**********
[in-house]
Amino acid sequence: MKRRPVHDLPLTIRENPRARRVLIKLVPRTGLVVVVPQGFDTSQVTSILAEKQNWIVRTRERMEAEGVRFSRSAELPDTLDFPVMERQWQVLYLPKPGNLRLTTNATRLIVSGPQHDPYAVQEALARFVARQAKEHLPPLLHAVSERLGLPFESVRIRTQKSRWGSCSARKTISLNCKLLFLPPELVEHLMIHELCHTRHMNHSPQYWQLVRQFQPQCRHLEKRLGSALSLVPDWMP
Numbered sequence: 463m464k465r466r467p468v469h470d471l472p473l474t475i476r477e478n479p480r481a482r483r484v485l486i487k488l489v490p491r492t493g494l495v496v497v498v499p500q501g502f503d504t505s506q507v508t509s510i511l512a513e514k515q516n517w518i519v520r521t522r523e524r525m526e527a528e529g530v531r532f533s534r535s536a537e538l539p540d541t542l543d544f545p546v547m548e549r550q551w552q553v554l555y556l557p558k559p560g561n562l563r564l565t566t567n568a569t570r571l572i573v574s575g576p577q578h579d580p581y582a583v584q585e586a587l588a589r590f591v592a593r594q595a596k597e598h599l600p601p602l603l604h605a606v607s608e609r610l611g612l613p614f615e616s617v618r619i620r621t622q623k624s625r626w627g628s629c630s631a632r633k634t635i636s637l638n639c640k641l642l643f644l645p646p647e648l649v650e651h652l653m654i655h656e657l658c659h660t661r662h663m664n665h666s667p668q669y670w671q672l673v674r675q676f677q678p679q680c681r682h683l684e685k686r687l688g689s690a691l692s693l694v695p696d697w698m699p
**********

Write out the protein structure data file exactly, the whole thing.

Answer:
[in-house]
Amino acid sequence: MKRRPVHDLPLTIRENPRARRVLIKLVPRTGLVVVVPQGFDTSQVTSILAEKQNWIVRTRERMEAEGVRFSRSAELPDTLDFPVMERQWQVLYLPKPGNLRLTTNATRLIVSGPQHDPYAVQEALARFVARQAKEHLPPLLHAVSERLGLPFESVRIRTQKSRWGSCSARKTISLNCKLLFLPPELVEHLMIHELCHTRHMNHSPQYWQLVRQFQPQCRHLEKRLGSALSLVPDWMP
Numbered sequence: 463m464k465r466r467p468v469h470d471l472p473l474t475i476r477e478n479p480r481a482r483r484v485l486i487k488l489v490p491r492t493g494l495v496v497v498v499p500q501g502f503d504t505s506q507v508t509s510i511l512a513e514k515q516n517w518i519v520r521t522r523e524r525m526e527a528e529g530v531r532f533s534r535s536a537e538l539p540d541t542l543d544f545p546v547m548e549r550q551w552q553v554l555y556l557p558k559p560g561n562l563r564l565t566t567n568a569t570r571l572i573v574s575g576p577q578h579d580p581y582a583v584q585e586a587l588a589r590f591v592a593r594q595a596k597e598h599l600p601p602l603l604h605a606v607s608e609r610l611g612l613p614f615e616s617v618r619i620r621t622q623k624s625r626w627g628s629c630s631a632r633k634t635i636s637l638n639c640k641l642l643f644l645p646p647e648l649v650e651h652l653m654i655h656e657l658c659h660t661r662h663m664n665h666s667p668q669y670w671q672l673v674r675q676f677q678p679q680c681r682h683l684e685k686r687l688g689s690a691l692s693l694v695p696d697w698m699p